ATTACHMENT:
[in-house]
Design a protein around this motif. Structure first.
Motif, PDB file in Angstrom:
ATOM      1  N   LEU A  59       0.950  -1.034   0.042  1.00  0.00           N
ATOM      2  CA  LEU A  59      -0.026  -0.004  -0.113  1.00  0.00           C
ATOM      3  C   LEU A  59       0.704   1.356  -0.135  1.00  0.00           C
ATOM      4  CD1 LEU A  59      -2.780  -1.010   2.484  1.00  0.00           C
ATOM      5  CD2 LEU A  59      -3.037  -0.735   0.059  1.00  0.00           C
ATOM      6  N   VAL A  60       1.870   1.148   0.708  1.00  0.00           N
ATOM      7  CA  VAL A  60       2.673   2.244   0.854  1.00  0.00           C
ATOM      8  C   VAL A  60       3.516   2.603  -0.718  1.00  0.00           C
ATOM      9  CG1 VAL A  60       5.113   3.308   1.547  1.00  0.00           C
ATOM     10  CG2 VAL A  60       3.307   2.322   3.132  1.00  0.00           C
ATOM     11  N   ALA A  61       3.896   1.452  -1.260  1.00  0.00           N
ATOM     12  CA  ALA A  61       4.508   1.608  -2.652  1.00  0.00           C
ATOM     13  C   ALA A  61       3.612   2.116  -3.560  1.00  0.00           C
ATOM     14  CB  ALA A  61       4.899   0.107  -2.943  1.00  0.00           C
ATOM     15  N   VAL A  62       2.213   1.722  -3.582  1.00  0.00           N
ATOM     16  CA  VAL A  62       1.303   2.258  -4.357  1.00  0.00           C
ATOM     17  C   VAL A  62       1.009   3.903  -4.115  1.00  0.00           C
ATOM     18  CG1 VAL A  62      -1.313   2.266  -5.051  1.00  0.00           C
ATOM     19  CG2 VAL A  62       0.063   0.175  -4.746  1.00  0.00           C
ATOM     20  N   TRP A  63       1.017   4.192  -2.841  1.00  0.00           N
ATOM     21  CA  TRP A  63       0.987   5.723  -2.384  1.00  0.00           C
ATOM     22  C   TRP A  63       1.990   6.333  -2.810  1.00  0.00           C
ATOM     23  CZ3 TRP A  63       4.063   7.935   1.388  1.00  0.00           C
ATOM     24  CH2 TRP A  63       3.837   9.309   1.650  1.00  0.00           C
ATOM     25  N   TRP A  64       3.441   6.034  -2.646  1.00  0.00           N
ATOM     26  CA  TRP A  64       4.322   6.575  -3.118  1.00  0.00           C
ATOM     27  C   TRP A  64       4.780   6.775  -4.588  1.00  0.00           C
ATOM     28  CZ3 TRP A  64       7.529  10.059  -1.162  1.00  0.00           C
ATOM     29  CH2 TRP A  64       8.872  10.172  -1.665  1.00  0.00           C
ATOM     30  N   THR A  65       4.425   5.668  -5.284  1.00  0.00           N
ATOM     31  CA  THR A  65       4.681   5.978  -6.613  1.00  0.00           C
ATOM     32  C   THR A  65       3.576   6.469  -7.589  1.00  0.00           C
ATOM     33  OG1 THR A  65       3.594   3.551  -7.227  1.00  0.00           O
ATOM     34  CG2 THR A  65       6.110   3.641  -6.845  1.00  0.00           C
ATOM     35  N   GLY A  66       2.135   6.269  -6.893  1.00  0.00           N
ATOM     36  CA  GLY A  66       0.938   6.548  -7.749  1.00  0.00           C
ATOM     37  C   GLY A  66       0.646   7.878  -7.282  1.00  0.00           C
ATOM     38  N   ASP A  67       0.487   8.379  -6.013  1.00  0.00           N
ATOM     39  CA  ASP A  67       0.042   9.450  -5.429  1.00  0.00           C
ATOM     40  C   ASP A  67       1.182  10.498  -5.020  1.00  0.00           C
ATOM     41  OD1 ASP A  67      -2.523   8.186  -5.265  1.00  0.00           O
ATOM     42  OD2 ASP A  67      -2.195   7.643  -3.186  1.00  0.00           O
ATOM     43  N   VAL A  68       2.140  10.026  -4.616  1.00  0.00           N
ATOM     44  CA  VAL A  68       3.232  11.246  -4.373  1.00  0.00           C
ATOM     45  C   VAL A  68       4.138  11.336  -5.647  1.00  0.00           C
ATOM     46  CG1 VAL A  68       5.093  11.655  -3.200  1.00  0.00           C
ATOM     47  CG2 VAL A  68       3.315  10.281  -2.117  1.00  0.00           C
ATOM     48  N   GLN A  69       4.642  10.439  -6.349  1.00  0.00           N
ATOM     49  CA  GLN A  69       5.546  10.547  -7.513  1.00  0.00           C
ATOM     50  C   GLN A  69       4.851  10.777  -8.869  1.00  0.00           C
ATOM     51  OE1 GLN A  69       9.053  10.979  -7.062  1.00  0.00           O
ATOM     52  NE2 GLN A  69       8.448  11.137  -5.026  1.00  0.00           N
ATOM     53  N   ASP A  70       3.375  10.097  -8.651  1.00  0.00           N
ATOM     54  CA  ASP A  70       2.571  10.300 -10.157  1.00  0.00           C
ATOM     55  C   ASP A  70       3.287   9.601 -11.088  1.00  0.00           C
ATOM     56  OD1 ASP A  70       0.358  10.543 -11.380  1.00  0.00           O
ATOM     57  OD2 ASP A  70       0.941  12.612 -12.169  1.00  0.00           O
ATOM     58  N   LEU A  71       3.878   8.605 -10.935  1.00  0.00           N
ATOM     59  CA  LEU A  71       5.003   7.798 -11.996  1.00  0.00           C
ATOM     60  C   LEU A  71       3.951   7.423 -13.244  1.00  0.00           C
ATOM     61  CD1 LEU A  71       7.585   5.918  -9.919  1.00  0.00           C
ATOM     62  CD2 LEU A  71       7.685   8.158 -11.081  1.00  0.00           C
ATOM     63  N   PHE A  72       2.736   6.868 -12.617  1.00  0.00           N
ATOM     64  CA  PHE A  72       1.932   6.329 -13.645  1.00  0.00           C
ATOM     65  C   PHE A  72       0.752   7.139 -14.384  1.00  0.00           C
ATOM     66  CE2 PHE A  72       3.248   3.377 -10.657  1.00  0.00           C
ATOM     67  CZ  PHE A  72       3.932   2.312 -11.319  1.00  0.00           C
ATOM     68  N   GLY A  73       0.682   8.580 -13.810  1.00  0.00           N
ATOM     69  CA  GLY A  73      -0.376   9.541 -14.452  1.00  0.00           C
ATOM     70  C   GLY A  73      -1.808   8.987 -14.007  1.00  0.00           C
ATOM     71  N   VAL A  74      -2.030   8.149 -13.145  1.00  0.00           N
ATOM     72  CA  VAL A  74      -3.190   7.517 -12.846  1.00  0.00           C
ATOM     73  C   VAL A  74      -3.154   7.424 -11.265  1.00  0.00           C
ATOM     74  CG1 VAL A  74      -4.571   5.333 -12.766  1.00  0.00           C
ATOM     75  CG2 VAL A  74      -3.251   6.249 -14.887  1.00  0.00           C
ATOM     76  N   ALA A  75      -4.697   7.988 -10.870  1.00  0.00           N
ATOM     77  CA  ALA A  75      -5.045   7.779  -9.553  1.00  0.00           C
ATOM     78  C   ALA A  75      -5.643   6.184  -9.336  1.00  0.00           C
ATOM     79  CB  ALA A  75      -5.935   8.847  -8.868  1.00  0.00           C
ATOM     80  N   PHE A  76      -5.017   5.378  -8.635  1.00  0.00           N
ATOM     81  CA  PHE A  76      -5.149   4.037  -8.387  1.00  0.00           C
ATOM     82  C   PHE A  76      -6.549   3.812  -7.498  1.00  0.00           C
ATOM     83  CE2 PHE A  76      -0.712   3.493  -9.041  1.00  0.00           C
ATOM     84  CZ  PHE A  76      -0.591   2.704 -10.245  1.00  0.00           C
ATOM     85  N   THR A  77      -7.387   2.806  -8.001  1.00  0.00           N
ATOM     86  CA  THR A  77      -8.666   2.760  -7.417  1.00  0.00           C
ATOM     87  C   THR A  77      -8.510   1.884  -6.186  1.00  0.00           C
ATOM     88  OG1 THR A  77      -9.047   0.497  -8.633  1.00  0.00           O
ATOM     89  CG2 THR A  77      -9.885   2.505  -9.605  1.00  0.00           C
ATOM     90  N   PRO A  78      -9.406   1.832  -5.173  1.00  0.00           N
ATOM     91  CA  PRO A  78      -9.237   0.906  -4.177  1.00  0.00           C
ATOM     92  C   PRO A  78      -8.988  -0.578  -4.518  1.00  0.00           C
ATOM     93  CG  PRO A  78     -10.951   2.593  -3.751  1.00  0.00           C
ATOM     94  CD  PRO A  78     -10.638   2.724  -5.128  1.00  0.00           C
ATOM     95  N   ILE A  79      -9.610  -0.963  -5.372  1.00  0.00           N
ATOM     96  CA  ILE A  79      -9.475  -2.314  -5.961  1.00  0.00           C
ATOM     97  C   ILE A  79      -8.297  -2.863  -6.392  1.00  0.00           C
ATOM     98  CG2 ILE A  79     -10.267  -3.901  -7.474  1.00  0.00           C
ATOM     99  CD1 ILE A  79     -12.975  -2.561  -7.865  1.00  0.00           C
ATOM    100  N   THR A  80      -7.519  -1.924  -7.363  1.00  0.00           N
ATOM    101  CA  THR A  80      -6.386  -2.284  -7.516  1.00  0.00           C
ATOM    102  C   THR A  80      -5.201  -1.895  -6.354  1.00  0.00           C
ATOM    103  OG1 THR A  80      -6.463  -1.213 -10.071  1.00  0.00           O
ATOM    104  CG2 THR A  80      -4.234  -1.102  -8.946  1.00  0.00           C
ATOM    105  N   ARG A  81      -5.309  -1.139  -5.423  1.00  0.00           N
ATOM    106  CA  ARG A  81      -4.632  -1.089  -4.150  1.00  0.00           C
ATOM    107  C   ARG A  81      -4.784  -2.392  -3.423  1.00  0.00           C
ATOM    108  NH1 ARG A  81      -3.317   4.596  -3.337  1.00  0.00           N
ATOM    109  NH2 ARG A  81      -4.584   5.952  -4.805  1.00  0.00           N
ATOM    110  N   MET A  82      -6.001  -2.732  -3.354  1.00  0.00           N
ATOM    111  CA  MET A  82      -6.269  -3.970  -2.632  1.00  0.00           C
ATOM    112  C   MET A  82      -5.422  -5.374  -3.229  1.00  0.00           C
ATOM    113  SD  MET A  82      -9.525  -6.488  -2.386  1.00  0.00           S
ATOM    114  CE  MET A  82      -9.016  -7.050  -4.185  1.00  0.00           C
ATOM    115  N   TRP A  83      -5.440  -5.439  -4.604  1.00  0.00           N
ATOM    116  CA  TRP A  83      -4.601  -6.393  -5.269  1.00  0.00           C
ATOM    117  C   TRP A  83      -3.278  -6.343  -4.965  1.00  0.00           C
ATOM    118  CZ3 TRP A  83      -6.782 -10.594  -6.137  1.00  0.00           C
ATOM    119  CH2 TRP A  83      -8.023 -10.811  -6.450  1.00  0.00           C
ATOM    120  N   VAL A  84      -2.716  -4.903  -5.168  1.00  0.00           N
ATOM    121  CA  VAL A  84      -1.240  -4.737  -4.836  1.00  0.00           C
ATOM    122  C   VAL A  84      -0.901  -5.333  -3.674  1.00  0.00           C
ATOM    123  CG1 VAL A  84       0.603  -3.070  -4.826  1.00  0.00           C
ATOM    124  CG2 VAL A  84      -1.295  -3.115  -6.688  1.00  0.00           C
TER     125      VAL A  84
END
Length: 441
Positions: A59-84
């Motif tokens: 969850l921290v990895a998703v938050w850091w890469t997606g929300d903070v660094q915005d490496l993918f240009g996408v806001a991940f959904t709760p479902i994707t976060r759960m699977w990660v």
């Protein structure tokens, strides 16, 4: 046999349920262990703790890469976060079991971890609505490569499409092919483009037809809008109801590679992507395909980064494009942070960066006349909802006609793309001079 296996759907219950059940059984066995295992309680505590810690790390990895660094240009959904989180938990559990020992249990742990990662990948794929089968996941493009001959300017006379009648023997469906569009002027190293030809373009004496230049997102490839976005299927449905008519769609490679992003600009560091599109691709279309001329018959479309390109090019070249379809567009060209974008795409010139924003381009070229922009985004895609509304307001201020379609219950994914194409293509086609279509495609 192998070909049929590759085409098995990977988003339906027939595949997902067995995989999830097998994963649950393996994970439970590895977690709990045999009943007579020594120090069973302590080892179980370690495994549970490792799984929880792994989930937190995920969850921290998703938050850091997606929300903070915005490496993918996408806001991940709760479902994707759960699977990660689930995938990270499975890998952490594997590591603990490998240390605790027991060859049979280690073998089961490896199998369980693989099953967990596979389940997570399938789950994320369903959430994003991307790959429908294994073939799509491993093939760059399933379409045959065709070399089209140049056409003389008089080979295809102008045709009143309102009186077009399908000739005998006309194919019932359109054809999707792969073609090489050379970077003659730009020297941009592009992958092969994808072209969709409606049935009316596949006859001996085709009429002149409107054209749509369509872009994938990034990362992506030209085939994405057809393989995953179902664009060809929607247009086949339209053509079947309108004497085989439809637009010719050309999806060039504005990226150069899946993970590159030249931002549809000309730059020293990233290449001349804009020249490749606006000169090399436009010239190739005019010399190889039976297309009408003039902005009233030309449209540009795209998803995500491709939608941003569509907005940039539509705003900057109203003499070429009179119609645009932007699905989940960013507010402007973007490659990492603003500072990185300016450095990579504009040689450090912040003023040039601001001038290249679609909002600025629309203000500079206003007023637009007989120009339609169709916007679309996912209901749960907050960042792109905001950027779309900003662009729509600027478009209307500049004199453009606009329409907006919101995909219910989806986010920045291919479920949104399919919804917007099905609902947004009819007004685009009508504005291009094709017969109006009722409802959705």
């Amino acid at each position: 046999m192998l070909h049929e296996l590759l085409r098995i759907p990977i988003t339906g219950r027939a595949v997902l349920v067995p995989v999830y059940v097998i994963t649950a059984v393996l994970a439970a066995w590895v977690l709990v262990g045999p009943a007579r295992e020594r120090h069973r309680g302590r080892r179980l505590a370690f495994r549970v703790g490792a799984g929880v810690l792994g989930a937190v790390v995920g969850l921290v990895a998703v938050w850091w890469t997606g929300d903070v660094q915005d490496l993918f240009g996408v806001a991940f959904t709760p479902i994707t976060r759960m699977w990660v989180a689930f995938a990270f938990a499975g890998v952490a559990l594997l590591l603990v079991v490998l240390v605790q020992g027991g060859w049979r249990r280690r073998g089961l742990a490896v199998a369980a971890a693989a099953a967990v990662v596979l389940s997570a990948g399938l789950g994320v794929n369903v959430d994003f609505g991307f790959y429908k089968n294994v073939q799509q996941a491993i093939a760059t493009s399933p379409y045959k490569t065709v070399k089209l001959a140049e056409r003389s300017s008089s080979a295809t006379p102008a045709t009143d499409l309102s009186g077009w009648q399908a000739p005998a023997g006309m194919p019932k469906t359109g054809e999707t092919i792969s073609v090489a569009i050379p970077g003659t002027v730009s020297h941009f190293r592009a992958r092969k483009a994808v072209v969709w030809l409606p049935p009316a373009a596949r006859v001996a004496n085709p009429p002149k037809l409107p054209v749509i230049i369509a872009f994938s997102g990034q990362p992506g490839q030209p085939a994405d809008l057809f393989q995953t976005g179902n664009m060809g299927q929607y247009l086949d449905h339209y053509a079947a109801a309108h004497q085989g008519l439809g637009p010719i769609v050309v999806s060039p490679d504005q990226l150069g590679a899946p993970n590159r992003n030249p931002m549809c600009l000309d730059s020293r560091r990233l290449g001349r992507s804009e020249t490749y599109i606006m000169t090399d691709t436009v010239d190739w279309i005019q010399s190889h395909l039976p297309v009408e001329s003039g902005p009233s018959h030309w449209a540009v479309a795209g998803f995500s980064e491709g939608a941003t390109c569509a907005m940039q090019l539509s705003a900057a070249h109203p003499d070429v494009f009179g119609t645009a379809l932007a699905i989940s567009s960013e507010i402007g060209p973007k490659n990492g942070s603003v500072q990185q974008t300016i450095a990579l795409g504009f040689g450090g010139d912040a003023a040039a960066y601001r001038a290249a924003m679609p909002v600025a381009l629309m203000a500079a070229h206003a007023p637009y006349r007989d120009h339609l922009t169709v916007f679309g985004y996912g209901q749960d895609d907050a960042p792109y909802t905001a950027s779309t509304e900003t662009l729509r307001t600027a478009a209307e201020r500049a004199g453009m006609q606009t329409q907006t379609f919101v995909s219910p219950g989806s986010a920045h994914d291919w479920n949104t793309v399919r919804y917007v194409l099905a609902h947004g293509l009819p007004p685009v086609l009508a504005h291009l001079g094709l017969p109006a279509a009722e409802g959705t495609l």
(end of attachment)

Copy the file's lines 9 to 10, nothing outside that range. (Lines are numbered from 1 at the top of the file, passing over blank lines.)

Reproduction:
ATOM      6  N   VAL A  60       1.870   1.148   0.708  1.00  0.00           N
ATOM      7  CA  VAL A  60       2.673   2.244   0.854  1.00  0.00           C